Old 12-07-2022, 02:38 PM   #10
Bus Geek
 
Join Date: May 2014
Location: West Ohio
Posts: 3,188
Year: 1984
Coachwork: Bluebird
Chassis: International 1753
Engine: 6.9 International
Rated Cap: 65
Honestly, I'm not reading where anything on the "house" side of the power equation is consuming power from your starter batteries. If your starter and 2 house systems are unconnected, there should be no reason your starter batteries would be dead after a few days, unless you're leaving keys or some other device turned on. If you're not leaving something turned on, you need to find what in the system is draining the starter batteries, as they should stay charged for weeks at a time in the scenario that you describe. Run a parasitic draw test, and if there is minimal, load test your batteries for correct capacity, and then load test the alternator for correct capacity, because something here isn't adding up.

Yes, if you have excess solar you can use it to maintain your starting batteries. But if you're running it for 15-20 minutes every 3-5 days, there's no reason the starter batteries should be dead, so solar charging would only be masking a problem.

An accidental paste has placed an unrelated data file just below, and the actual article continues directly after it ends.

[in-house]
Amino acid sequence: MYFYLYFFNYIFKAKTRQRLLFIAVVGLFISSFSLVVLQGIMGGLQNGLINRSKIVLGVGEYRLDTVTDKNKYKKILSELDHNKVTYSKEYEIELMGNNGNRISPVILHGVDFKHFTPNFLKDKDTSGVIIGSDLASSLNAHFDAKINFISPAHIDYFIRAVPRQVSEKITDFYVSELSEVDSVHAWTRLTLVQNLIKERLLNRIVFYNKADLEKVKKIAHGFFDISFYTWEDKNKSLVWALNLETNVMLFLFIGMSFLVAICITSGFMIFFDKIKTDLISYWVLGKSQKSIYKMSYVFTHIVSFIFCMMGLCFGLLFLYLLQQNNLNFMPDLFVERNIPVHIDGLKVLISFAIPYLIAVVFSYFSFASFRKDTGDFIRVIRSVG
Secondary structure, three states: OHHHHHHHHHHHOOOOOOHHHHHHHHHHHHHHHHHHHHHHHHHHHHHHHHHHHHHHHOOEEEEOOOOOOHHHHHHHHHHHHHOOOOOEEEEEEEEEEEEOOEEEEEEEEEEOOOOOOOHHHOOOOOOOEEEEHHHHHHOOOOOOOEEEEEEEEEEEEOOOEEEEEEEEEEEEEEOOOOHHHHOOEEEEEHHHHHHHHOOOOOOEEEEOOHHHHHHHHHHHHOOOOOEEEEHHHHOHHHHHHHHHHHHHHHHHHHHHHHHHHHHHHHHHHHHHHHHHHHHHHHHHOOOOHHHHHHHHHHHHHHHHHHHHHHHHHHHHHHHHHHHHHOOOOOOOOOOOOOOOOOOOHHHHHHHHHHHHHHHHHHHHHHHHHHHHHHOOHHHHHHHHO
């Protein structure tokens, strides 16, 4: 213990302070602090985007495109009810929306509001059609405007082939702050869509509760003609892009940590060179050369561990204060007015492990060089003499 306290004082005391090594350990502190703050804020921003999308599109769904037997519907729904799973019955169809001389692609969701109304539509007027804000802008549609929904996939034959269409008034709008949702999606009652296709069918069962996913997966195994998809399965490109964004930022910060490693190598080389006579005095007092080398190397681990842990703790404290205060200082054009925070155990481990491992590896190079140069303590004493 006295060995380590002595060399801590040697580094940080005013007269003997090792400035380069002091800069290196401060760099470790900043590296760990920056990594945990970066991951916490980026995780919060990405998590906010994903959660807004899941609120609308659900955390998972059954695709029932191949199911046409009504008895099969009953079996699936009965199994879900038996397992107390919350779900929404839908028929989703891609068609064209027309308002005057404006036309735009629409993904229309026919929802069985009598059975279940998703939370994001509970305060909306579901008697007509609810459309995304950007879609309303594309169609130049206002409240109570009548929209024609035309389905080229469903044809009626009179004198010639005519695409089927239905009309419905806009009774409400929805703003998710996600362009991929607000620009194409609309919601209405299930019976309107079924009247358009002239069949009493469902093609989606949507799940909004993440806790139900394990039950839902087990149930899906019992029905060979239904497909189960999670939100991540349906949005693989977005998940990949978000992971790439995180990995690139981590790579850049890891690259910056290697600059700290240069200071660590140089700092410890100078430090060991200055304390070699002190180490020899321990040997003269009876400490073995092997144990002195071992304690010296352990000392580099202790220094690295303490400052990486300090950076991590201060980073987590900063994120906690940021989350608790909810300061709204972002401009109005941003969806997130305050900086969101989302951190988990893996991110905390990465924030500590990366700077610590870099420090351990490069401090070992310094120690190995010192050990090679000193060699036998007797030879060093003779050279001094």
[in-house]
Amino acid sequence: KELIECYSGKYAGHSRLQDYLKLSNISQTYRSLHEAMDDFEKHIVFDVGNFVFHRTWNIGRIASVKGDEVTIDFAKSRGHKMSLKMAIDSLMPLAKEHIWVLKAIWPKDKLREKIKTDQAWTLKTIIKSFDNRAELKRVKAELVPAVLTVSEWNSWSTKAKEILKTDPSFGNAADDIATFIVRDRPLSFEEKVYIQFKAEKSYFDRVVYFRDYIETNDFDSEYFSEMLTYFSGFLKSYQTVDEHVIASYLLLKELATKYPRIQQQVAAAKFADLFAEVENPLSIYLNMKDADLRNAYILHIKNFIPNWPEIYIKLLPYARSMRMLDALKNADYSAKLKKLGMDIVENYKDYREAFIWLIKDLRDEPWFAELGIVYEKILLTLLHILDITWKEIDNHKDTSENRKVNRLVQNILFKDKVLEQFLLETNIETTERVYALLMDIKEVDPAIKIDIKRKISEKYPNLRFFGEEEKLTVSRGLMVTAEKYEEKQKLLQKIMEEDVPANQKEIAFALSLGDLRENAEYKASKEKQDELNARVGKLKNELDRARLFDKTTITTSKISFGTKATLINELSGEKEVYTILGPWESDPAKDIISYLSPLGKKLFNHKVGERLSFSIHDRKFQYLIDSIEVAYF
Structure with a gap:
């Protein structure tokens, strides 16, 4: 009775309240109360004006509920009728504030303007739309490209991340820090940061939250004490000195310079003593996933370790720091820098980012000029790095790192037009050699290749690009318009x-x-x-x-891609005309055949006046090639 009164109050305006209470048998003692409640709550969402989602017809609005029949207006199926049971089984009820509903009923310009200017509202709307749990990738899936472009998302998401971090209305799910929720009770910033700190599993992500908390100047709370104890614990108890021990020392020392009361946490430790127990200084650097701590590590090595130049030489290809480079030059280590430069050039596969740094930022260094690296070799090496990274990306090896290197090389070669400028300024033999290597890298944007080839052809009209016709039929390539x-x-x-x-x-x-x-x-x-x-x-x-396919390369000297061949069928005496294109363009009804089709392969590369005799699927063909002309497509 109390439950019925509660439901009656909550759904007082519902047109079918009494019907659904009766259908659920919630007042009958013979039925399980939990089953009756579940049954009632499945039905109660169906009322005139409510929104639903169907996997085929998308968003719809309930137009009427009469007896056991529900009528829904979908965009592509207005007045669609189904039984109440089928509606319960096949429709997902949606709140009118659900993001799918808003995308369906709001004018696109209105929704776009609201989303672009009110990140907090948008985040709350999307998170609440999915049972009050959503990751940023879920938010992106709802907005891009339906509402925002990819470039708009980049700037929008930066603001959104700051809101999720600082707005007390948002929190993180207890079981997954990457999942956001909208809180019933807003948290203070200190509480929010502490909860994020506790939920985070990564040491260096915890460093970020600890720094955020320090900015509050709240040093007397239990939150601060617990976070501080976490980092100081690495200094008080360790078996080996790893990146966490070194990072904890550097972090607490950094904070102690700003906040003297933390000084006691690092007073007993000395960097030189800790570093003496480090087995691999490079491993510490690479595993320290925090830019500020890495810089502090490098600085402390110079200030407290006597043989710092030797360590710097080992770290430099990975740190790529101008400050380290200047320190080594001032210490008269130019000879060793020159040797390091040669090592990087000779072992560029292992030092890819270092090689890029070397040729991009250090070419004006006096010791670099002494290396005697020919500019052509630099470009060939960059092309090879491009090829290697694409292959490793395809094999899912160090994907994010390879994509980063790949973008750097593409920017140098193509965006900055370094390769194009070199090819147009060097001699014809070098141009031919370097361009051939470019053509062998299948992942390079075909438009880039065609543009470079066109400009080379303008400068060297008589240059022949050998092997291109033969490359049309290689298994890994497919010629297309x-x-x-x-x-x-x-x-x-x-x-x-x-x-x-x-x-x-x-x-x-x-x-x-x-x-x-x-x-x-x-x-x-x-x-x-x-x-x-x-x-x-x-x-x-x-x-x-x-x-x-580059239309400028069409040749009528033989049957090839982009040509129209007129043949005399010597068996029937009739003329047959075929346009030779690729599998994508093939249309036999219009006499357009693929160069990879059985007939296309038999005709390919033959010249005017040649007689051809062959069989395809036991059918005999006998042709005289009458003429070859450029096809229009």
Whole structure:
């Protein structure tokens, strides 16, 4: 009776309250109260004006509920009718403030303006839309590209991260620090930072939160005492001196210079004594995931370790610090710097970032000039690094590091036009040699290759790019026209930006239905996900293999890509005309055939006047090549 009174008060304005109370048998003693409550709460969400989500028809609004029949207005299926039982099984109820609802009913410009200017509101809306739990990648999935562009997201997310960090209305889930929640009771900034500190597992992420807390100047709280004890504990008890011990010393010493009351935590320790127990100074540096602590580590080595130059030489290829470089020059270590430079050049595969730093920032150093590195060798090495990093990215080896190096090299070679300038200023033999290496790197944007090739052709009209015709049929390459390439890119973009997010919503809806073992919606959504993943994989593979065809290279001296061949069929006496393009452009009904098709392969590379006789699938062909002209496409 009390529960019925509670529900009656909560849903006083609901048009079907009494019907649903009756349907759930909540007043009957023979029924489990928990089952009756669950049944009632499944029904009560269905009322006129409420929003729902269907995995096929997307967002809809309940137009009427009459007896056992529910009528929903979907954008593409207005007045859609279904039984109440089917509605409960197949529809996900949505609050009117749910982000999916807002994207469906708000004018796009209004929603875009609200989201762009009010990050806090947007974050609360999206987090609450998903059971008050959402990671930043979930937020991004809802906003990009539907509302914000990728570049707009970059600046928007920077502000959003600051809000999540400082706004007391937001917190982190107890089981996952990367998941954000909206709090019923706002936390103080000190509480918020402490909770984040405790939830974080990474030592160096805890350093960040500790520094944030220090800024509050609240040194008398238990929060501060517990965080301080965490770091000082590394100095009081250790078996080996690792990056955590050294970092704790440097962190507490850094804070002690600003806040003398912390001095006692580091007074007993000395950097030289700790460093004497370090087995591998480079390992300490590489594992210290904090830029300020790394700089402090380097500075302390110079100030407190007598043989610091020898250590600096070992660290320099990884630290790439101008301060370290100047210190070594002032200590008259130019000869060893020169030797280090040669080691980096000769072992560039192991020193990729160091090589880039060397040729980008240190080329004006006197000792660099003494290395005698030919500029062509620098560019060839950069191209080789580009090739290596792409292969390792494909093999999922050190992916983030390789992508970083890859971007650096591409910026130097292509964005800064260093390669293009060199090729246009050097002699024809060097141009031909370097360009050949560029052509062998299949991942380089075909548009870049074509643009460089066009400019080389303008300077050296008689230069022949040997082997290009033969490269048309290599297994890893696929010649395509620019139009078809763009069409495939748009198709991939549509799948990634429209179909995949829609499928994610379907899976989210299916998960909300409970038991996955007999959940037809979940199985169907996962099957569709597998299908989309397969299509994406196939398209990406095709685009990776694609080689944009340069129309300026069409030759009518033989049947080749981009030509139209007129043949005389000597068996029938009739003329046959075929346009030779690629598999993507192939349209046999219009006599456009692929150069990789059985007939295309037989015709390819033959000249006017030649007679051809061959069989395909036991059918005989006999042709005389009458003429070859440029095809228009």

As far as making the excess solar charging the starting batteries idea to work, you have measure and see if either system has a decent amount of excess solar power. If they don't, then you'll have to install additional panel(s).

If the 12vdc system does, use a relay controlled by the panel to latch the starter and 12vdc system together when the panel has enough wattage to do so.

If the 24vdc system has excess solar, use a simple battery maintainer plugged into the 120vac side. You're going to have conversion losses this way, but you'll likely have conversion losses with a dc-dc converter too, and those 120vac battery maintainers are cheap and available nearly everywhere.
__________________
My build: The Silver Bullet https://www.skoolie.net/forums/f11/p...llet-9266.html
Booyah45828 is offline   Reply With Quote
Old 12-07-2022, 02:55 PM   #11
Bus Nut
 
Join Date: Apr 2020
Location: Northern California (Sacramento)
Posts: 994
Year: 1999
Coachwork: El Dorado Fiberglass
Chassis: Ford E450
Engine: V10 Gas
Great point about ensuring there's no battery drain problem Booyah
Rucker is offline   Reply With Quote
Old 12-07-2022, 03:10 PM   #12
Bus Nut
 
Dbacks2k4's Avatar
 
Join Date: Dec 2021
Location: Iowa
Posts: 427
Year: 2006
Chassis: IC CE300 (PB105)